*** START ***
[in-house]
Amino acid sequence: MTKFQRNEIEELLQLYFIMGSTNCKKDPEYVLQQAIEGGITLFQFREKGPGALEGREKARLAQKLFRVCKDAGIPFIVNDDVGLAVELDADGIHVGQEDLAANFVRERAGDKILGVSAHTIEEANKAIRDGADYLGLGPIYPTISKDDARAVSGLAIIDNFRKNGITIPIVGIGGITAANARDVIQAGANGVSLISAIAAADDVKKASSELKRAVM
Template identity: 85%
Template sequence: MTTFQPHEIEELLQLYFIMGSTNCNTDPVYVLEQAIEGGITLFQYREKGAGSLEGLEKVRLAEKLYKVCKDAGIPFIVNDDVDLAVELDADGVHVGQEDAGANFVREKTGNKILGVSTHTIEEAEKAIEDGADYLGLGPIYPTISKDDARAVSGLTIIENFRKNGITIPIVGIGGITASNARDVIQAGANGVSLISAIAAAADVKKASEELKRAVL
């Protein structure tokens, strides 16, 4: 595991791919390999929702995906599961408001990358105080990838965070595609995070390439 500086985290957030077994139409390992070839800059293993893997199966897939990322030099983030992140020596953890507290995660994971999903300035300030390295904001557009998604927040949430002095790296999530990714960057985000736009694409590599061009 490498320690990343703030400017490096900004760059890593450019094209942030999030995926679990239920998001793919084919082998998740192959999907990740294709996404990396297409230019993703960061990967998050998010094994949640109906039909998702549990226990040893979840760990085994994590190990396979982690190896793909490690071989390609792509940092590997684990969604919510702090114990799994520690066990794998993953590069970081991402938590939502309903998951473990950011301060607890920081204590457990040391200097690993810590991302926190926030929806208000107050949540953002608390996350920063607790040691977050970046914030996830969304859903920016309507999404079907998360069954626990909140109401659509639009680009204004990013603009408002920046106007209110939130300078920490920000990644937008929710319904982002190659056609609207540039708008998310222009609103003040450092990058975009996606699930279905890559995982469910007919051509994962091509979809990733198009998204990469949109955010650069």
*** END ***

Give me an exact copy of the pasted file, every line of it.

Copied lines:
[in-house]
Amino acid sequence: MTKFQRNEIEELLQLYFIMGSTNCKKDPEYVLQQAIEGGITLFQFREKGPGALEGREKARLAQKLFRVCKDAGIPFIVNDDVGLAVELDADGIHVGQEDLAANFVRERAGDKILGVSAHTIEEANKAIRDGADYLGLGPIYPTISKDDARAVSGLAIIDNFRKNGITIPIVGIGGITAANARDVIQAGANGVSLISAIAAADDVKKASSELKRAVM
Template identity: 85%
Template sequence: MTTFQPHEIEELLQLYFIMGSTNCNTDPVYVLEQAIEGGITLFQYREKGAGSLEGLEKVRLAEKLYKVCKDAGIPFIVNDDVDLAVELDADGVHVGQEDAGANFVREKTGNKILGVSTHTIEEAEKAIEDGADYLGLGPIYPTISKDDARAVSGLTIIENFRKNGITIPIVGIGGITASNARDVIQAGANGVSLISAIAAAADVKKASEELKRAVL
């Protein structure tokens, strides 16, 4: 595991791919390999929702995906599961408001990358105080990838965070595609995070390439 500086985290957030077994139409390992070839800059293993893997199966897939990322030099983030992140020596953890507290995660994971999903300035300030390295904001557009998604927040949430002095790296999530990714960057985000736009694409590599061009 490498320690990343703030400017490096900004760059890593450019094209942030999030995926679990239920998001793919084919082998998740192959999907990740294709996404990396297409230019993703960061990967998050998010094994949640109906039909998702549990226990040893979840760990085994994590190990396979982690190896793909490690071989390609792509940092590997684990969604919510702090114990799994520690066990794998993953590069970081991402938590939502309903998951473990950011301060607890920081204590457990040391200097690993810590991302926190926030929806208000107050949540953002608390996350920063607790040691977050970046914030996830969304859903920016309507999404079907998360069954626990909140109401659509639009680009204004990013603009408002920046106007209110939130300078920490920000990644937008929710319904982002190659056609609207540039708008998310222009609103003040450092990058975009996606699930279905890559995982469910007919051509994962091509979809990733198009998204990469949109955010650069």